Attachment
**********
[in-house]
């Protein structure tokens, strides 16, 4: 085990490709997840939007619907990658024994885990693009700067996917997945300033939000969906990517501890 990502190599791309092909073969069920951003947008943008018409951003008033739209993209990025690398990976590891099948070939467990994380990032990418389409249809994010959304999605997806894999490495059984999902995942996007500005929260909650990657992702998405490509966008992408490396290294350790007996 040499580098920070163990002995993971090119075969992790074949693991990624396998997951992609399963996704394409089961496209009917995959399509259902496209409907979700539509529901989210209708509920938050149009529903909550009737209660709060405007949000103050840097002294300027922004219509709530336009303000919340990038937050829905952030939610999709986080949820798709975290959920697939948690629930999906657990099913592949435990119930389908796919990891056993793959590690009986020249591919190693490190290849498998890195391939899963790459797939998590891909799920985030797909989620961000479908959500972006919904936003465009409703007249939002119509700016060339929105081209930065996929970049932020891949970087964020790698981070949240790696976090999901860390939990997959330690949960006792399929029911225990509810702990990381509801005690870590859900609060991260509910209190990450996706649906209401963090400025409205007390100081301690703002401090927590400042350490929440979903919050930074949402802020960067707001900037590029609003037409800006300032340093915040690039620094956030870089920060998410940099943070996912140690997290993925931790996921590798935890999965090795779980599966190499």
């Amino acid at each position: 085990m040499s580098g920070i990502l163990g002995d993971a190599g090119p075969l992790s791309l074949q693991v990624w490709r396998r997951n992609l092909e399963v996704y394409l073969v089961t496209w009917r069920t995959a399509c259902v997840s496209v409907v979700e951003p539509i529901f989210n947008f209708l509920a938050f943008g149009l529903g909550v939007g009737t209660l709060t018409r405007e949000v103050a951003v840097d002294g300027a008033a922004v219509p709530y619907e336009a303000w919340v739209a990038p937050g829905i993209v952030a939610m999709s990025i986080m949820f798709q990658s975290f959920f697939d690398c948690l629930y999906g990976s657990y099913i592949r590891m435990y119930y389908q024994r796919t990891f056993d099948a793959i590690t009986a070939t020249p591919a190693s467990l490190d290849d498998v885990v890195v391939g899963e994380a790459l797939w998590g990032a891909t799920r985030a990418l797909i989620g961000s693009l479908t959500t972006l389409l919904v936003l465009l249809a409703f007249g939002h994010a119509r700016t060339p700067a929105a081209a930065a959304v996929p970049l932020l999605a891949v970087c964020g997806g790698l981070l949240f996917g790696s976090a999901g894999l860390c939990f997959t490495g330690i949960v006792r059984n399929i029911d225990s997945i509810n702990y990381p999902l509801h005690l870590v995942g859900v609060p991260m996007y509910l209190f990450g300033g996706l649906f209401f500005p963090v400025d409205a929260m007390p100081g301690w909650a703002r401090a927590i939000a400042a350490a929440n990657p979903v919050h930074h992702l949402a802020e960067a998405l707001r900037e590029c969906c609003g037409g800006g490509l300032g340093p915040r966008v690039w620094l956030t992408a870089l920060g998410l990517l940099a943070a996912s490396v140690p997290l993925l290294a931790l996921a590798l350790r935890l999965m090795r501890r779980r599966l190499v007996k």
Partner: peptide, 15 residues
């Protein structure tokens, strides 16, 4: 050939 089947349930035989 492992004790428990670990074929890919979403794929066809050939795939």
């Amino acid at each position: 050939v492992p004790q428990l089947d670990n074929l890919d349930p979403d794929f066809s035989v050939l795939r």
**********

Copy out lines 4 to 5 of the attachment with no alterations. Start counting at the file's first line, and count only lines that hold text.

Partner: peptide, 15 residues
């Protein structure tokens, strides 16, 4: 050939 089947349930035989 492992004790428990670990074929890919979403794929066809050939795939």